Welfare in Canada

Last updated: November 2019

This resource is not intended to help individuals identify what government transfers they could be entitled to. Individuals living in the Yukon seeking financial assistance should visit this page.

 

Components of welfare incomes

Households that qualify for basic social assistance payments also qualify for other financial support including:

  • GST/HST credit
  • Provincial/territorial tax credits or benefits
  • Federal and provincial/territorial child benefits (for households with children)
  • Recurring additional social assistance payments (for example, an annual back-to-school allowance)

Together, these combine with basic social assistance payments to form the total welfare income of a household. Households may receive less if they have income from other sources, while some households may receive more if they have special health- or disability-related needs.

The table below shows the value and components of welfare incomes for four household types living in Whitehorse in 2018.

 Single person considered employableSingle person with a disability*Single parent, one childCouple, two children
Basic social assistance$16,854$16,854$24,287$33,931
Additional SA benefits$809$4,463$1,736$3,193
Federal child benefits  $6,448$10,881
Territorial child benefits  $820$1,624
GST credit$430$430$712$860
Territorial tax credits/benefits    
Total 2018 income$18,093 $21,747 $34,003 $50,489

Download the data in a table

Total welfare incomes in the Yukon ranged from $18,093 for the single person considered employable to $50,489 for the couple with two children. All basic social assistance rates increased in November 2018.

On top of basic social assistance, all households received additional social assistance benefits. In the Yukon there are many types of additional social assistance benefits:

  • the Yukon Supplementary Allowance ($250 per month for the person with a disability),
  • the Christmas Allowance ($30 annually per person),
  • the Winter Clothing Allowance ($75 annually for persons under 14 years and $125 for persons 14 years or older),
  • the Telephone Allowance ($37 per month per household),
  • the Laundry Service Allowance ($10 per month per person),
  • the Transportation Expense Allowance ($62 per month per adult), and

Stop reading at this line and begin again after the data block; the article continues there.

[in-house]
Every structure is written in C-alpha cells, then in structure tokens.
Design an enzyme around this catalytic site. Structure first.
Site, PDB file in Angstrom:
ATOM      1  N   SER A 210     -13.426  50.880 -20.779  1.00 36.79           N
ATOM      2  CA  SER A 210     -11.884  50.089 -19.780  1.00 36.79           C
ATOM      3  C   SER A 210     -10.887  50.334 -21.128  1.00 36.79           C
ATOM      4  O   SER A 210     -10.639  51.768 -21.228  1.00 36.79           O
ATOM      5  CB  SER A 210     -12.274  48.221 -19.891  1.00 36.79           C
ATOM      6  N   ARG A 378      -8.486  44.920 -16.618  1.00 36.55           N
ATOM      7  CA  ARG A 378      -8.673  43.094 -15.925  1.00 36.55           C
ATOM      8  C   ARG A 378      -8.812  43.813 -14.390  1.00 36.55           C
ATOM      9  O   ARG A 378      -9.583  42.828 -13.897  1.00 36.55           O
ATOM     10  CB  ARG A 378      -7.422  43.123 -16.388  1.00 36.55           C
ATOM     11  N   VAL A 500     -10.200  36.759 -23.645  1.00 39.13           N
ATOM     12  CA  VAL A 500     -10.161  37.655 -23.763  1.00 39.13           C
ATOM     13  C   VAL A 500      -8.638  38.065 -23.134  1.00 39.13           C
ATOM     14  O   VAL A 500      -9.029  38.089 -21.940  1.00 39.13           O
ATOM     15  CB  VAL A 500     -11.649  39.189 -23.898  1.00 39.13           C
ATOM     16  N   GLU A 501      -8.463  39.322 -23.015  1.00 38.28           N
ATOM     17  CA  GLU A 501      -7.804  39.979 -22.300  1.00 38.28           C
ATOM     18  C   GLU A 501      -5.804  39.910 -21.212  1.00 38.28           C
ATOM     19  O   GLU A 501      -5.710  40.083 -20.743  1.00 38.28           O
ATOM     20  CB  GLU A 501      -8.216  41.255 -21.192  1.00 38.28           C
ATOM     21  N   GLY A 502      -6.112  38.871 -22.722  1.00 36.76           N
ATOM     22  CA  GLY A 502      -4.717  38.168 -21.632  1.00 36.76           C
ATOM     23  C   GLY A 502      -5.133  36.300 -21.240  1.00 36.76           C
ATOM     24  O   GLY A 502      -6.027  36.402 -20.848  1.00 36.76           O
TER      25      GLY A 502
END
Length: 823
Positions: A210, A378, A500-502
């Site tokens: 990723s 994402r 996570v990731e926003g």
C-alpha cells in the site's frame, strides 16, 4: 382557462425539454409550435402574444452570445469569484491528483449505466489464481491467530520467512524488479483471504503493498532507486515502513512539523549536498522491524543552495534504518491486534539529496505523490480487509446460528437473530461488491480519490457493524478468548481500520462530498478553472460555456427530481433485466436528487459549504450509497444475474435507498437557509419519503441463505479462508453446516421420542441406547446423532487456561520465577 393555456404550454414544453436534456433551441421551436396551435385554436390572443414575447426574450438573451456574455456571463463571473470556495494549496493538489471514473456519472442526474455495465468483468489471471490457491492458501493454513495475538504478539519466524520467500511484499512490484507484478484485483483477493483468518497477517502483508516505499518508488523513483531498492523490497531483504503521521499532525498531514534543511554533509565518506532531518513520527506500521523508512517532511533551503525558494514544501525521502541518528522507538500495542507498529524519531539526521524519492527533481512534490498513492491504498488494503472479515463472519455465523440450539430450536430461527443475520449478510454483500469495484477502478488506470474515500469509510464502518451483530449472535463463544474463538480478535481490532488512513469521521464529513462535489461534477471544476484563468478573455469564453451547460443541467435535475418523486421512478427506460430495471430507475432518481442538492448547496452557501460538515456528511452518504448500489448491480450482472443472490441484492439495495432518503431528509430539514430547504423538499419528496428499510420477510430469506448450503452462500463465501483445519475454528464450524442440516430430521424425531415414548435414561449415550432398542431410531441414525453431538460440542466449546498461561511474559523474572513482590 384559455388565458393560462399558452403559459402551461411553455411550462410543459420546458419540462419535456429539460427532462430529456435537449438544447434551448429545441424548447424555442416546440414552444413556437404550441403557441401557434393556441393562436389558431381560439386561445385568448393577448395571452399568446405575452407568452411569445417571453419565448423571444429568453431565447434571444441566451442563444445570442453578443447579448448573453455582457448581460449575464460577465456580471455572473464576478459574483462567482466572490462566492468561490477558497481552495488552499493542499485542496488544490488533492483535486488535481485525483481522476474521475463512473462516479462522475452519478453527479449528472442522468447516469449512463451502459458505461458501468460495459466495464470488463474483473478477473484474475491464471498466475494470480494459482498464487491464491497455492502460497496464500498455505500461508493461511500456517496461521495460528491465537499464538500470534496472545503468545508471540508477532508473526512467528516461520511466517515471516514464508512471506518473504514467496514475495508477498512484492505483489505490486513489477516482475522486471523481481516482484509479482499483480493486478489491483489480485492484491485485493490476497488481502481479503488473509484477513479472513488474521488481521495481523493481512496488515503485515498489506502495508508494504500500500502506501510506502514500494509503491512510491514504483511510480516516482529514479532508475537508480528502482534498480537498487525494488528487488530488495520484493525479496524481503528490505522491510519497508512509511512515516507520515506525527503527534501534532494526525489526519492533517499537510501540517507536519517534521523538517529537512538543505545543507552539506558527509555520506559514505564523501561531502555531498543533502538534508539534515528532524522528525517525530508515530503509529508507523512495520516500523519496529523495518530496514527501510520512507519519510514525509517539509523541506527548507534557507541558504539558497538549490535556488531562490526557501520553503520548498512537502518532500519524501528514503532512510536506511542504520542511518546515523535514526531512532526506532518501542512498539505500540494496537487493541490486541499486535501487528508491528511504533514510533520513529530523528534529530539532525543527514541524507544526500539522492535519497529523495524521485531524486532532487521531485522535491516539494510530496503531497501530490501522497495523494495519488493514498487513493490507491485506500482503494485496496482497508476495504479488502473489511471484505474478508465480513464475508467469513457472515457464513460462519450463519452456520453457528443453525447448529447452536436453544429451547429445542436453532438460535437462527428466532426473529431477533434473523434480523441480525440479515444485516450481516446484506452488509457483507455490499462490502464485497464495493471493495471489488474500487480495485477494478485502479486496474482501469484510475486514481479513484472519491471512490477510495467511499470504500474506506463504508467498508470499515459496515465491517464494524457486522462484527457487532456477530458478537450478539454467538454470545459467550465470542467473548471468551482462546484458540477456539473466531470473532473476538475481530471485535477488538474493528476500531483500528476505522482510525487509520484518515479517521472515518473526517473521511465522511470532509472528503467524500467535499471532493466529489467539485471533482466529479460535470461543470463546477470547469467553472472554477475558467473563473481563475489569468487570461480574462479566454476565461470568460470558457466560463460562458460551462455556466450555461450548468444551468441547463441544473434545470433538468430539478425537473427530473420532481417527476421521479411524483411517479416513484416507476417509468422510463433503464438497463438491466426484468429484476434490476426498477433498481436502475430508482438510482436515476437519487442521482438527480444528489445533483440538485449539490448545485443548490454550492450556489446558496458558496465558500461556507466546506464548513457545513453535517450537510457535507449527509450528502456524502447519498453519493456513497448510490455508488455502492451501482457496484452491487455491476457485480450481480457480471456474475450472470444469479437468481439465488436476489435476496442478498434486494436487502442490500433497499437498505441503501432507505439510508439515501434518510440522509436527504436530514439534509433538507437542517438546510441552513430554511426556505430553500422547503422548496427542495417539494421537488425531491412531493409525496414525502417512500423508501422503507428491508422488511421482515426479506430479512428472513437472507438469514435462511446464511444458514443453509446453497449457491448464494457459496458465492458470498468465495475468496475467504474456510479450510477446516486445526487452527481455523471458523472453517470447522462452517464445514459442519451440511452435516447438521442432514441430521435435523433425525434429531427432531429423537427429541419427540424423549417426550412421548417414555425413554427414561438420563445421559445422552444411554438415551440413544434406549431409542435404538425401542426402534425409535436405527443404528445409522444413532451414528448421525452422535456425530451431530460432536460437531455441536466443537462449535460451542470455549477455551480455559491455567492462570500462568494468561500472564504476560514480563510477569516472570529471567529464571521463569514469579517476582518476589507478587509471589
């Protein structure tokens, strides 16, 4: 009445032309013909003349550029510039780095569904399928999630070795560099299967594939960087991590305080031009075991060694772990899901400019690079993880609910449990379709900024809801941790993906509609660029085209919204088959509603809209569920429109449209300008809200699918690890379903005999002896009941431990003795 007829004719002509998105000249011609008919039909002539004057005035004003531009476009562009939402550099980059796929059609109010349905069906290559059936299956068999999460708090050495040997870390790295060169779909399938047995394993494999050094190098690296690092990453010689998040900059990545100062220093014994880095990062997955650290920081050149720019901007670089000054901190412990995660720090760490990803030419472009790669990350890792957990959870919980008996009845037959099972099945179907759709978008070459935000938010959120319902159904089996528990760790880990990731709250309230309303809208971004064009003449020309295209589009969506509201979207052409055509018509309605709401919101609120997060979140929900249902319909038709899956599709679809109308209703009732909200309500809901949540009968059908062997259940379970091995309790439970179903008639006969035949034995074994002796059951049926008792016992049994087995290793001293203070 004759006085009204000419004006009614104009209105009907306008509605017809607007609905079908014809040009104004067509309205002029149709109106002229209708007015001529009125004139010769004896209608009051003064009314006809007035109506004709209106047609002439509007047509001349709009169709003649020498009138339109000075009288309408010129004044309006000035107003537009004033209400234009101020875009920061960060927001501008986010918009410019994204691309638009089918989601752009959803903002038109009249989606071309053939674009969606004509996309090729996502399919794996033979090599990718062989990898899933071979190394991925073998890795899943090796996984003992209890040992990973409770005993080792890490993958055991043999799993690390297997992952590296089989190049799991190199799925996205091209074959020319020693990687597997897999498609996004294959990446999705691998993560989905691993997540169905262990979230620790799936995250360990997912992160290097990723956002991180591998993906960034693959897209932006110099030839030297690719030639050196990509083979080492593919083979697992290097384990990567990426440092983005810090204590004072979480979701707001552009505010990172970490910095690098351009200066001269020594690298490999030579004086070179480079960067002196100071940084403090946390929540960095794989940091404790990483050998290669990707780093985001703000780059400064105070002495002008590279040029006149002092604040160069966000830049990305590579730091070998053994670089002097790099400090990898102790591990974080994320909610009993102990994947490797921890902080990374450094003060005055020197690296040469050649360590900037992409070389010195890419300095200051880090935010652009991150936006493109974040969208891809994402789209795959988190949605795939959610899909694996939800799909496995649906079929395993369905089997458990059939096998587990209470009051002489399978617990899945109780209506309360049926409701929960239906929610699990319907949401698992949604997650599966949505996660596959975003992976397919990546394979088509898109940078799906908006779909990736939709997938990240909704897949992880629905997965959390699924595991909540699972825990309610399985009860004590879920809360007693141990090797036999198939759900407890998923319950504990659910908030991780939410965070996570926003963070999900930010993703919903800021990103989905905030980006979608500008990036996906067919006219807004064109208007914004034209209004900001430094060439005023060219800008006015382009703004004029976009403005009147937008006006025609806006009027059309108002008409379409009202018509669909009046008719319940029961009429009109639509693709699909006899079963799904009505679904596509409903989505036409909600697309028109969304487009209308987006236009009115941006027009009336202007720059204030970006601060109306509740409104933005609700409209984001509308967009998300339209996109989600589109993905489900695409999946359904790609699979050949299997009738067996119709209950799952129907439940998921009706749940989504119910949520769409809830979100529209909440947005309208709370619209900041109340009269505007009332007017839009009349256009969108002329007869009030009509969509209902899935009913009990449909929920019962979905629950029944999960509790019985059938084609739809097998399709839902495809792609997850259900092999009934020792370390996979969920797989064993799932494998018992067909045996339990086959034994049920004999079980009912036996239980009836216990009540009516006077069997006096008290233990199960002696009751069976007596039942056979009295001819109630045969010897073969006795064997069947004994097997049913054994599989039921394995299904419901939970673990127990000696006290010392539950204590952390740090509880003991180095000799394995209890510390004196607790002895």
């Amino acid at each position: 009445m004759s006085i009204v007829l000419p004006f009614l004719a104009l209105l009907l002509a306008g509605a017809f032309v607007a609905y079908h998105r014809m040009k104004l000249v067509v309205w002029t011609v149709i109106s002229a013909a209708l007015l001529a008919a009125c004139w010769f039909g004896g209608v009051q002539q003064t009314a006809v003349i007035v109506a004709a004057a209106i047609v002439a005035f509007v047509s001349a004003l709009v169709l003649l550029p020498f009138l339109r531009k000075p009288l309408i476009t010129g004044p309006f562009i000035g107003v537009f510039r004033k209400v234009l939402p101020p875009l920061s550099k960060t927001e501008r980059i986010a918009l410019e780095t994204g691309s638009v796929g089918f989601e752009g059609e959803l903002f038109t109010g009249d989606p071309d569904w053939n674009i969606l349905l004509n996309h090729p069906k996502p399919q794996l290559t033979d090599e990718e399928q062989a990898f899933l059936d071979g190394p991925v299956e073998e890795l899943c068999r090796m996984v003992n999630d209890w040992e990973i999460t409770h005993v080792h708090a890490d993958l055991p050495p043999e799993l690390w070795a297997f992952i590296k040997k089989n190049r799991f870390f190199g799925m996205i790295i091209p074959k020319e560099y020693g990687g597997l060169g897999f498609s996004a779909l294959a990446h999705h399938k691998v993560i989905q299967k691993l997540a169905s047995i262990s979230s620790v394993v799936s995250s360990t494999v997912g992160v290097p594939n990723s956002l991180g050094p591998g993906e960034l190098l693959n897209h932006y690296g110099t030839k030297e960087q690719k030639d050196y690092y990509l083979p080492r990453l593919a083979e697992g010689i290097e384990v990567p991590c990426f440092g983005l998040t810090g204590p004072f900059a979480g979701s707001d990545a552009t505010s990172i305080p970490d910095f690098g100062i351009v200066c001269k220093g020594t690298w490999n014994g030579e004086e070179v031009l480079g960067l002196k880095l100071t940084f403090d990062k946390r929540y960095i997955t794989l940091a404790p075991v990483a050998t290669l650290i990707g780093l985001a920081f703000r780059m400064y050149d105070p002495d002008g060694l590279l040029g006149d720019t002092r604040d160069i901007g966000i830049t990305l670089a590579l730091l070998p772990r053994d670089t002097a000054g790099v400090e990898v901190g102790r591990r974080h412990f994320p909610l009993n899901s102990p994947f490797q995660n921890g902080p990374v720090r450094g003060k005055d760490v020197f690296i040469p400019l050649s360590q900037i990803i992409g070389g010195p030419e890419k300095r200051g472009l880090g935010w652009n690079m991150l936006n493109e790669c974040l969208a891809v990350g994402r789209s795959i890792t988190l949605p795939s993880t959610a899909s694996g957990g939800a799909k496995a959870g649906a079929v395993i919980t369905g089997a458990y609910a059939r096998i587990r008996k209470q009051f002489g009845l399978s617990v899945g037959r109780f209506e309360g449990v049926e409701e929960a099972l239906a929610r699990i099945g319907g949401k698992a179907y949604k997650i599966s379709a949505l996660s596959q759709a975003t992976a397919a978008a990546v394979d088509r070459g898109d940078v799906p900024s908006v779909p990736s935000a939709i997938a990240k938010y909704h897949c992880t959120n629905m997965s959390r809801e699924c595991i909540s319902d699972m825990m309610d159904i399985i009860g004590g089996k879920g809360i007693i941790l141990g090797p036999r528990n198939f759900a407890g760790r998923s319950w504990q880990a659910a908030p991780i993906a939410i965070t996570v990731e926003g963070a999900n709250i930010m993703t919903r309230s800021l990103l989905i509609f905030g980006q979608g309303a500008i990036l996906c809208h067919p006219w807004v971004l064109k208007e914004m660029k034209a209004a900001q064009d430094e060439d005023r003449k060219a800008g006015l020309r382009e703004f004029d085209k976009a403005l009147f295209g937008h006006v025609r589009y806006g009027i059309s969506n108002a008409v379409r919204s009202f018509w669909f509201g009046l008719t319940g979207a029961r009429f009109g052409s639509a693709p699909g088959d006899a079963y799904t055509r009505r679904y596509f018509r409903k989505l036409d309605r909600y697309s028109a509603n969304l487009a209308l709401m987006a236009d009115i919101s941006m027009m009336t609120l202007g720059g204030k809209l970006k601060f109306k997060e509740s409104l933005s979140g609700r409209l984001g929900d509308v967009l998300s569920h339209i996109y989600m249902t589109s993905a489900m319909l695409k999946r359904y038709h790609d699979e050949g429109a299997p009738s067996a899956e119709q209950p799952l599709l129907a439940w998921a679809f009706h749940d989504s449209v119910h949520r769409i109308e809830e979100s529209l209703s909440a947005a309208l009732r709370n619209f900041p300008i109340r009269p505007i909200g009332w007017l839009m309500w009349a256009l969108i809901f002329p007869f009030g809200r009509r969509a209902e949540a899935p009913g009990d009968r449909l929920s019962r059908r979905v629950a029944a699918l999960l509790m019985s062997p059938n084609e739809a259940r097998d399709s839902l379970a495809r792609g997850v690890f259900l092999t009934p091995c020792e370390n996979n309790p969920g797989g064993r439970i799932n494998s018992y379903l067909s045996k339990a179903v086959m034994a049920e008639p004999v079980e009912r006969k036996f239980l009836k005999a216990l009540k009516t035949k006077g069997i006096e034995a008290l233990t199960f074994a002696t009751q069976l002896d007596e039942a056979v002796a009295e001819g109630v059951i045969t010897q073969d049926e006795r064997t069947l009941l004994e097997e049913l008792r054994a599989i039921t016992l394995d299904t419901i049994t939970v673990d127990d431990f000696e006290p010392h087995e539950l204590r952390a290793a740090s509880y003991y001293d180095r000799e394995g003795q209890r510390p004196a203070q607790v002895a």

• an additional component of the Transportation Expense Allowance which was introduced in 2018 ($40 per month for each child between the ages of two and 18).

Some households received these additional benefits immediately, while others only qualified after they had been in receipt of social assistance for six consecutive months.

Both households with children received the Canada Child Benefit which increased in July 2018 from $533 to $541 per month for a child under the age of six and from $450 to $457 per month for a child aged between six and 17. They also received the Yukon Child Benefit (up to $68.33 per child per month).

All households received the GST credit, which increased in July 2018 in line with inflation.

 

Changes to welfare incomes

The graphs below show how the total welfare incomes for each of the four illustrative household types have changed over time. The values are in constant 2018 dollars, taking into account the effect of inflation as measured by the national consumer price index.

Download the data in a table

  • The welfare income of a single person considered employable and a single person with a disability showed distinctive but similar patterns. Over the last three decades, welfare incomes were reasonably flat but saw marked increases in 1996 and 2008. There were also smaller increases between 2013 and 2014, due to the inclusion of several additional benefits (telephone, transportation, and laundry allowances).

  • In 2018, welfare incomes for the single person considered employable and single person with a disability stood at $18,093 and $21,747, respectively.

Download the data in a table

  • The welfare incomes of households with children saw marked increases in 1996 and 2008, but were relatively flat in previous years.

  • Since 2013, households with children have seen a consistent increase in their welfare incomes. Between 2013 and 2014, this was due to the inclusion of several additional benefits (telephone, transportation, and laundry allowances). In 2015 to 2017, it was largely due to changes to federal child benefits.

  • In January 2018, the Transportation Expenses allowance was expanded to include an additional monthly payment for each child between the age of two and 18. This resulted in an increase in welfare income for both households.

  • In 2018, the welfare income of the single parent with one child and the couple with two children was $34,003 and $50,489, respectively, the highest over the 32 years in the time series.

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